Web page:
Historically, corruption in India became endemic under the unaccountable authoritarian rule of East India Company, especially the Company Courts, which introduced a completely alien law and procedure over the native people, in a language that people did not even understood, and which were manned initially by unqualified judges, leading to widespread corruption and exploitation of people. After the territories were annexed by the British Crown, the British Parliament did take some steps to curb corruption among higher ranks of its officers, but the lowly paid native officials were left largely uncontrolled, so as to ensure that their interests and loyalties were aligned with the British authority rather than their Indian brethren. Thus, corrupt practices at the lowest level became almost a norm in all colonial offices, including the Courts and this culture persisted unchecked even after independence. Unfortunately, even after independence, very little effort was made to revamp the police, bureaucracy or judicial machinery so as to prevent them from misusing their authority, as a result of which most such practices continued unchanged, or even worsened further.
What changed after indpendence, though, was the increasing public consciousness of corruption in higher offices, particularly as such allegations began to surface in the eighties and nineties with increasing regularity. The gradual commercialization of social values was also seen at contributing to this decay of integrity in public life. What has been irking people most during the last few decades, however, is the fact that very few culprits seem to have been brought to the book so far. Many perceived this as a weakness of the politician-bureaucratic nexus not going all out against its own people, which laid the foundation for calls of an all powerful ombudsman to ensure proper investigations in such matters.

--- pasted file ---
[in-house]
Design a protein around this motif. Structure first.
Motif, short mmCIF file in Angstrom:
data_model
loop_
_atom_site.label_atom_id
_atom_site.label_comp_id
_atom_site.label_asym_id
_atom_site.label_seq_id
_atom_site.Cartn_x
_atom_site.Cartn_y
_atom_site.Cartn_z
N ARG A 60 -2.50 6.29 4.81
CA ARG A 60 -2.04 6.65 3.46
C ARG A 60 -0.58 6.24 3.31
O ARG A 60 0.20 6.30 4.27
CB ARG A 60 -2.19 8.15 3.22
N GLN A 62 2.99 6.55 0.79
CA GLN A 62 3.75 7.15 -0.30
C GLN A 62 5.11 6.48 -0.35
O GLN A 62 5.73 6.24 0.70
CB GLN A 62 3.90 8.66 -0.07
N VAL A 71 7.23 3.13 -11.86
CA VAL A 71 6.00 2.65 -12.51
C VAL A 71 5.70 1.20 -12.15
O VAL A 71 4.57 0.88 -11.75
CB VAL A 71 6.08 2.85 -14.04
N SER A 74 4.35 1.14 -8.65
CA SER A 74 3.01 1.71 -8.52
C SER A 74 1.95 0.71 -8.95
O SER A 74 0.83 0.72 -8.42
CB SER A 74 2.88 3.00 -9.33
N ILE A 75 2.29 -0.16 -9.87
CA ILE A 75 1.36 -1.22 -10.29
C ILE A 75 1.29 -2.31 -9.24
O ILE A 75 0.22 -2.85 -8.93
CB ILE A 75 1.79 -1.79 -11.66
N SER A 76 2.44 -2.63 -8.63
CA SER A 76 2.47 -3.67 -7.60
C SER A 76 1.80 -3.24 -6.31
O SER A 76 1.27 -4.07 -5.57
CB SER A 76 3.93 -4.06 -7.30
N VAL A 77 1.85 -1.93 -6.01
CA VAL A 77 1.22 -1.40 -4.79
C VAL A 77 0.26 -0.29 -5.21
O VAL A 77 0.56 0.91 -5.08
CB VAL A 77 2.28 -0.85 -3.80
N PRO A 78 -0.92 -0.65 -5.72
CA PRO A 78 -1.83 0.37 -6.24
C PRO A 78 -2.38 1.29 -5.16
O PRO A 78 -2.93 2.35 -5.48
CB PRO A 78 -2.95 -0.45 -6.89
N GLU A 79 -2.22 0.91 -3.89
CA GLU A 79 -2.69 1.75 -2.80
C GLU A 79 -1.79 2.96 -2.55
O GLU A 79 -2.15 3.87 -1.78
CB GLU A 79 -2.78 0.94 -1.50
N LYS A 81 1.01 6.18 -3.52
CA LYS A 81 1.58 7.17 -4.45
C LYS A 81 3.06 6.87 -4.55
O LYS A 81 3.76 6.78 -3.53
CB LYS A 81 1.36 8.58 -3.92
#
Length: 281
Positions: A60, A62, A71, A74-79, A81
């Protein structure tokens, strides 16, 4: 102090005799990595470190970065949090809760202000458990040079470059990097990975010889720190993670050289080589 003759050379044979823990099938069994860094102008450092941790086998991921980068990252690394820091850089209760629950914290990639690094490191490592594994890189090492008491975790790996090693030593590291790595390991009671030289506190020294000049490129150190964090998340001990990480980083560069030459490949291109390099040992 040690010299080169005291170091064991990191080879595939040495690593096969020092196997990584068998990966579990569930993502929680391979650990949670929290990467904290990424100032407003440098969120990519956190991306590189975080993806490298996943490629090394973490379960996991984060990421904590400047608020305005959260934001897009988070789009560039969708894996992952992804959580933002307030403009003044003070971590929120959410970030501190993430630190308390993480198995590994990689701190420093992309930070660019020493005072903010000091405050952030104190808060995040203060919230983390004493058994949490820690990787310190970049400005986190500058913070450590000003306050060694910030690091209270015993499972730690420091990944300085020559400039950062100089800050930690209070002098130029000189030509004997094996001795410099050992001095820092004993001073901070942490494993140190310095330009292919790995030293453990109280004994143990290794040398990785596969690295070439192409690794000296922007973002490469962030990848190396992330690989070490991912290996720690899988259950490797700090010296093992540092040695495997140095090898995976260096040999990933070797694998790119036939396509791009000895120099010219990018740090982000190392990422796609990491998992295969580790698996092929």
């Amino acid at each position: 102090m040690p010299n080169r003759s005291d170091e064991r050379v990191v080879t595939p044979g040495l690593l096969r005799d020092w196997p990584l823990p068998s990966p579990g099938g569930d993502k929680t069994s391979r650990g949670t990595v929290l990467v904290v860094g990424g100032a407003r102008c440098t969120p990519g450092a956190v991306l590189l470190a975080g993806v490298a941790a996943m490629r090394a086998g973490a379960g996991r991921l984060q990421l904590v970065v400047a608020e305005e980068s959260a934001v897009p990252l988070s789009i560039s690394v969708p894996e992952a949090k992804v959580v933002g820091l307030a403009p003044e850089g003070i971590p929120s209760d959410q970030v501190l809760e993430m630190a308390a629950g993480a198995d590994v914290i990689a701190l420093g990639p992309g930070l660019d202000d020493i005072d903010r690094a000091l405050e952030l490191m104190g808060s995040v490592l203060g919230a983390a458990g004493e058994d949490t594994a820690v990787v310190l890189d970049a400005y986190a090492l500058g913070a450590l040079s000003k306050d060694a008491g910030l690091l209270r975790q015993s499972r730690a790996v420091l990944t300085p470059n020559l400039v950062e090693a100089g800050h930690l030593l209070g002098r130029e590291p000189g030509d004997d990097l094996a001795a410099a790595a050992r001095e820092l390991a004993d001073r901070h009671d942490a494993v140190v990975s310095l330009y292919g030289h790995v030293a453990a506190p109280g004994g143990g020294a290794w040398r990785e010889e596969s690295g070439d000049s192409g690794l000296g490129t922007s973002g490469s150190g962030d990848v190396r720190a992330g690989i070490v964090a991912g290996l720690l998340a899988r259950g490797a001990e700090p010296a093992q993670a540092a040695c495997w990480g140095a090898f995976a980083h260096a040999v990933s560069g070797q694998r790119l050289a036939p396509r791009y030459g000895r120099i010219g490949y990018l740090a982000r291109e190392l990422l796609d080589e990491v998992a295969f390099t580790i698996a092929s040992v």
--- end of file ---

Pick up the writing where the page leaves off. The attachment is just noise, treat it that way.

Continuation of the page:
While the ombudsman is largely seen as a positive step, not everybody is sure about the assumption that it can be the panacea for all the ills of corruption. There are also doubts as to whether the Constitution of India, which distributes the powers primarily between the three organs of executive, legislature and judiciary, will allow a meaningful functioning of such an independent authority. Some wonder as to whether it would interfere with judicial independence, while others point out that it can possibly compromise even national interests by creating a politically motivated crisis against the Prime Minister. Clearly, investing draconian powers in an agency that is not directly accountable to anyone is always fraught with its own dangers. The unintended and unanticipated consequences of misuse of such powers do not appear to have been discussed at all so far.
At the centre of most of these debates are certain basic questions, like whether a problem like corruption, which has got embedded in the culture of public agencies, can be controlled just by creating another public authority, even if it has all the powers of the world. This, perhaps, is the central question in this whole debate, and one that deserves to be given greater attention in this quest of Indian society for better governance.